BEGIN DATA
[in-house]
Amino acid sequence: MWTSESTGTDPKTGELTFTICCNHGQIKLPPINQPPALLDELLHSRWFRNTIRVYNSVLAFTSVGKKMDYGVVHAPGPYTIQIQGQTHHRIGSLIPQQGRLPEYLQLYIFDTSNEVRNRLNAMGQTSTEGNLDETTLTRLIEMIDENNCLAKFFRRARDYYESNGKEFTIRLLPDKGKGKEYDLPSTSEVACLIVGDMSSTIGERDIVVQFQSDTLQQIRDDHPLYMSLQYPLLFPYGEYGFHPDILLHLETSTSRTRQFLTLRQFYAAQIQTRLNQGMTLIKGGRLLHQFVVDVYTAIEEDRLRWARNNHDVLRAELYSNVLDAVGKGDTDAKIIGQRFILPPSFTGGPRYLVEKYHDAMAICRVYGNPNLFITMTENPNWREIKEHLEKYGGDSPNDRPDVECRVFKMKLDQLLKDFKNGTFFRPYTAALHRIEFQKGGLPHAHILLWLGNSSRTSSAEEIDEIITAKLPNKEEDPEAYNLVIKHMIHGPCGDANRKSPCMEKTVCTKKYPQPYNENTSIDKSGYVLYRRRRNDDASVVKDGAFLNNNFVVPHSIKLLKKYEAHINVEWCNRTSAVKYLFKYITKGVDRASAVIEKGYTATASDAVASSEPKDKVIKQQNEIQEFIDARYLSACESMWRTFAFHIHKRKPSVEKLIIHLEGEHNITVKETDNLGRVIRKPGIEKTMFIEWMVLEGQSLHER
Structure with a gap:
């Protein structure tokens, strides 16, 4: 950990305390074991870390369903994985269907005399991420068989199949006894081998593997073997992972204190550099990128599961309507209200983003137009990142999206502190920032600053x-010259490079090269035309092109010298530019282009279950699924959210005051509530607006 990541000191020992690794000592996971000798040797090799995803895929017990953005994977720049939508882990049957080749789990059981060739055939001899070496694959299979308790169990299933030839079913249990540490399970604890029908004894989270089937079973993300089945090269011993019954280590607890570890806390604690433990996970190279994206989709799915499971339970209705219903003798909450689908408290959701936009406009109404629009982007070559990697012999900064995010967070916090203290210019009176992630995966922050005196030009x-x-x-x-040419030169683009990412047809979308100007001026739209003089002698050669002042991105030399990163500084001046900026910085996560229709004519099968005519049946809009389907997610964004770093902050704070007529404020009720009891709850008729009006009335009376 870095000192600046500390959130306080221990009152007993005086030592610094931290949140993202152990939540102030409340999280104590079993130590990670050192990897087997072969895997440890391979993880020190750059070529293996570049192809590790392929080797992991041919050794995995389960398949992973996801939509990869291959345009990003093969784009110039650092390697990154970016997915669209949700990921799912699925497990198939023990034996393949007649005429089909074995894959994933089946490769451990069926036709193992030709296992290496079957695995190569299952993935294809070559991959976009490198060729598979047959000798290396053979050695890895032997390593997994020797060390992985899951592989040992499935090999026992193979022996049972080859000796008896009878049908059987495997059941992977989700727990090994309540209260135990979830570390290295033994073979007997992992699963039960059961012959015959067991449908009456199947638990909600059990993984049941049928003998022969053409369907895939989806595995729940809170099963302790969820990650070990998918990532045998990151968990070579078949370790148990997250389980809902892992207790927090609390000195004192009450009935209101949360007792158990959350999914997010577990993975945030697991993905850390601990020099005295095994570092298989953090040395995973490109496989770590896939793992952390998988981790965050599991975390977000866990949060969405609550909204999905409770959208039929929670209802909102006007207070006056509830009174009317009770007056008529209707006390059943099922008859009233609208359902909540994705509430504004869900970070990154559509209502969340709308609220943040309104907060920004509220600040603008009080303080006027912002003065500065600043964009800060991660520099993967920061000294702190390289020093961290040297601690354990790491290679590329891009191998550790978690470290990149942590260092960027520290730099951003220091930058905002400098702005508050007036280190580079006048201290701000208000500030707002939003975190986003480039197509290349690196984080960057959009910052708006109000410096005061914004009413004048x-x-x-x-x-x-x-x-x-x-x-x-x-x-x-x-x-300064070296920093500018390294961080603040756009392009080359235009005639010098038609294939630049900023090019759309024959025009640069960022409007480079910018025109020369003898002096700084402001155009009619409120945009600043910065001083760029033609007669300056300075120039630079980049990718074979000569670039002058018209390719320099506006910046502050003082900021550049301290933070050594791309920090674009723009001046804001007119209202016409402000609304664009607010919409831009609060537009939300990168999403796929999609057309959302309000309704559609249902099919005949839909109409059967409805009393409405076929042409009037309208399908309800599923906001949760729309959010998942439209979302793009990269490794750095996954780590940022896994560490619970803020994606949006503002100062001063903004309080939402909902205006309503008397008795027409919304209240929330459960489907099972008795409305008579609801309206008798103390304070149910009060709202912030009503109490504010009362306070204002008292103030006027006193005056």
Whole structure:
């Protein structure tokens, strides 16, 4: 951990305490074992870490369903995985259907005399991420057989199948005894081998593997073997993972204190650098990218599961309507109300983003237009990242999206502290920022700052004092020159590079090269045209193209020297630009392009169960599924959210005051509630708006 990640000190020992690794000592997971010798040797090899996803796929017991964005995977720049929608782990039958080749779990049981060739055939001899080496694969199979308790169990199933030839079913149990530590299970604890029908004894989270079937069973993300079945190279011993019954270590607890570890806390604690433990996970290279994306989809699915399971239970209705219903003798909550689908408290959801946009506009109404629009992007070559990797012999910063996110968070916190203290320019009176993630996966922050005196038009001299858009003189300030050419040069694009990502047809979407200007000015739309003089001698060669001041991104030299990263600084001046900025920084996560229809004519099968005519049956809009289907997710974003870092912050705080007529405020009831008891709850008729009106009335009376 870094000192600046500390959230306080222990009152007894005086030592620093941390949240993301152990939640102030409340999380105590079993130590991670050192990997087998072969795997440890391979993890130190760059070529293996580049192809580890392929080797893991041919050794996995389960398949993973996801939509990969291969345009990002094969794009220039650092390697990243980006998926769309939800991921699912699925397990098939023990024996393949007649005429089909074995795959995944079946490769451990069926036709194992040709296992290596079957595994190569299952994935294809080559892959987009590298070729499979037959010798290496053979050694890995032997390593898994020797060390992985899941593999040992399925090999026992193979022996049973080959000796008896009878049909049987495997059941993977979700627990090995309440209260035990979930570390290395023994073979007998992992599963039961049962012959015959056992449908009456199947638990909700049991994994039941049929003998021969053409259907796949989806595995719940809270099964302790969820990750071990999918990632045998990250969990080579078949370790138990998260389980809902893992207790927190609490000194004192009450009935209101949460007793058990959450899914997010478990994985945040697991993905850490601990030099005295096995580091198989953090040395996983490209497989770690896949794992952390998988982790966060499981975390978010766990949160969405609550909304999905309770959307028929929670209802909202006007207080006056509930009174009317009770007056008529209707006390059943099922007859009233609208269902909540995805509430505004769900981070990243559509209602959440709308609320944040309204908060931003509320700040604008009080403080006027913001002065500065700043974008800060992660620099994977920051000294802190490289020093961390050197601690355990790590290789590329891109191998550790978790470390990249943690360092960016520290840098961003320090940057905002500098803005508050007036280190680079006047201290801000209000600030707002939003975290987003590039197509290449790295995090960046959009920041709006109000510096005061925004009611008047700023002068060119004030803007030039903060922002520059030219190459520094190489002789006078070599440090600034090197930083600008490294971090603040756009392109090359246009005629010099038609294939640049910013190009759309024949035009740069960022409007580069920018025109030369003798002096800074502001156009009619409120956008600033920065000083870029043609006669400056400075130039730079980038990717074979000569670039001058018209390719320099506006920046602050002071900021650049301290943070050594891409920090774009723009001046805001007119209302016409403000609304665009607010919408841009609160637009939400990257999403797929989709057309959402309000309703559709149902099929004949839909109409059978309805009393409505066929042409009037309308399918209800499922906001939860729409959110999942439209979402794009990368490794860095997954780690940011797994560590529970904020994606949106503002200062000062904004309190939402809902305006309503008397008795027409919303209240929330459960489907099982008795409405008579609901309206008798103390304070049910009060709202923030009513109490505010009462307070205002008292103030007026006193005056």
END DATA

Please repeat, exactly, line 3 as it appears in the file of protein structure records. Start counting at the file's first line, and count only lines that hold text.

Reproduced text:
Structure with a gap: